Knicks Off-Season Preview (Part 2 of 2)

What the Knicks Should Do Now

I?m back to offer a ?quick and dirty? assessment of the Knicks? primary needs with the help of a few stats compiled at 82games.com. I also offer a few modest suggestions for how to address them. (By the way if you didn?t catch part 1 of my off-season preview go check it out.)

Defense. Overall the team?s aggregate defensive numbers depict a mediocre but not awful unit. However those mediocre aggregate numbers mask a disturbing trend. The Knicks yielded points per game (93.5, ranked 13th) that belied their respectable eFG defense (46.2%, ranked 8th). To put this in perspective consider that New York?s eFG defense was only slightly behind Indiana?s (46%), identical to New Jersey?s (46.2), and slightly better than Miami?s (46.4), Memphis?s (46.5), or Philly?s (46.7). However, New York gave up 93.5 ppg and 104 points per 100 possessions (ranked 12th), more than all the aforementioned teams. How, you ask? The Knicks were more generous than the United Way, sending opponents to the free throw line 26.8 times per game. This ranks them 3rd from the bottom. Only the Bulls and Jazz were more charitable.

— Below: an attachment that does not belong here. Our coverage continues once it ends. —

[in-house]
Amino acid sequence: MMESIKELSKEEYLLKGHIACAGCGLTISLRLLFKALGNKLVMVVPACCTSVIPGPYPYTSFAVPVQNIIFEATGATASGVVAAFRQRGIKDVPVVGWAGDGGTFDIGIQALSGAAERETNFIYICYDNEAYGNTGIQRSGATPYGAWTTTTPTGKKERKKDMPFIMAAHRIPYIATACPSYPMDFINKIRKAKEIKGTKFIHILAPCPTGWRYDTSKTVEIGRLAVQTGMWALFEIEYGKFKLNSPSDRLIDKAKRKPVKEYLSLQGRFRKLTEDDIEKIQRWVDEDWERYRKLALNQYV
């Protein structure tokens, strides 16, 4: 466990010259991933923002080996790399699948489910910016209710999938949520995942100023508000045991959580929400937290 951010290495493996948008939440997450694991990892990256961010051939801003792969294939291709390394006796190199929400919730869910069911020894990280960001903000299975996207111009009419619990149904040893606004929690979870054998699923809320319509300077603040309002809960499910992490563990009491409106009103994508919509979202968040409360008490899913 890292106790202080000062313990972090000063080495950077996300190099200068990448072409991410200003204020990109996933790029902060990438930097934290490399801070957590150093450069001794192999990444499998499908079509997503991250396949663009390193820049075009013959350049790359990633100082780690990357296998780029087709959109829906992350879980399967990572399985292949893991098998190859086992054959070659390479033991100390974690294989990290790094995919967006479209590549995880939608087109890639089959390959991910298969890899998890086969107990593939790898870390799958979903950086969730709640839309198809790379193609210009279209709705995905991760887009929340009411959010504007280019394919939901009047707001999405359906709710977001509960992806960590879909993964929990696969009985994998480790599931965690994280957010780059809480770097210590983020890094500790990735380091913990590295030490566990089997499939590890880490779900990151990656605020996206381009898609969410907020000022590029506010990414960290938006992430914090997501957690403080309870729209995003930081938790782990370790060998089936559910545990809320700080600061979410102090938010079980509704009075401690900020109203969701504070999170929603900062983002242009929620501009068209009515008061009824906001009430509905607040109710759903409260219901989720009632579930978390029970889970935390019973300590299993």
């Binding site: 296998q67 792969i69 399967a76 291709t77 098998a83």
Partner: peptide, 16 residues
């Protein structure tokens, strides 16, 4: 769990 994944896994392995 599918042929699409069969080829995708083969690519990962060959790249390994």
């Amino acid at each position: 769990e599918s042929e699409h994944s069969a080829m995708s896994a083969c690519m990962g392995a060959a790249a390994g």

The most straightforward explanation for why the Knicks fouled so often in 2003-04 is that very few of them can adequately defend their counterpart. In fact, in the backcourt Marbury was no better than adequate and Houston was only a bit better. The two starters managed to hold opposing guards to slightly below average shooting and below average PERs at their respective positions. (NBA eFG averages for PGs and SGs were 46.1% and 46.9%; PERs were 15.1 and 15.2) Houston actually played admirably well defensively, considering his age and knees, holding opposing SGs to 13.9 PER, well below the PER average at his position. Marbury?s individual defensive numbers did improve when he came to New York, though at least some of that may be attributed to the fact that Eastern Conference point guards were not as good as those in the West. The average eFGs and PERs for Western conference PGs were 47% and 16. The Eastern conference PG averages were 45.1% and 14.2. Interestingly, Marbury in Phoenix yielded defensive numbers that were practically identical to the average Western conference PG’s output. In New York he basically gave up the average Eastern conference PG’s output. So, while I was pleasantly suprised to learn that Marbury?s defense doesn?t appear to be turning scrubs into all-stars I think it’s safe to say that he could be a lot better if he wanted to be. In a pre-playoff article posted at NJ.com by the Newark Star-Ledger’s Dave D?Alessandro (whose link appears to have expired) Marbury talked unselfconsciously about taking his rest on defense to keep himself fresh throughout the game. On the other hand Frank Williams played spectacular defense, holding his counterparts to a PER of about 10.1 and 40% eFG per 48 minutes.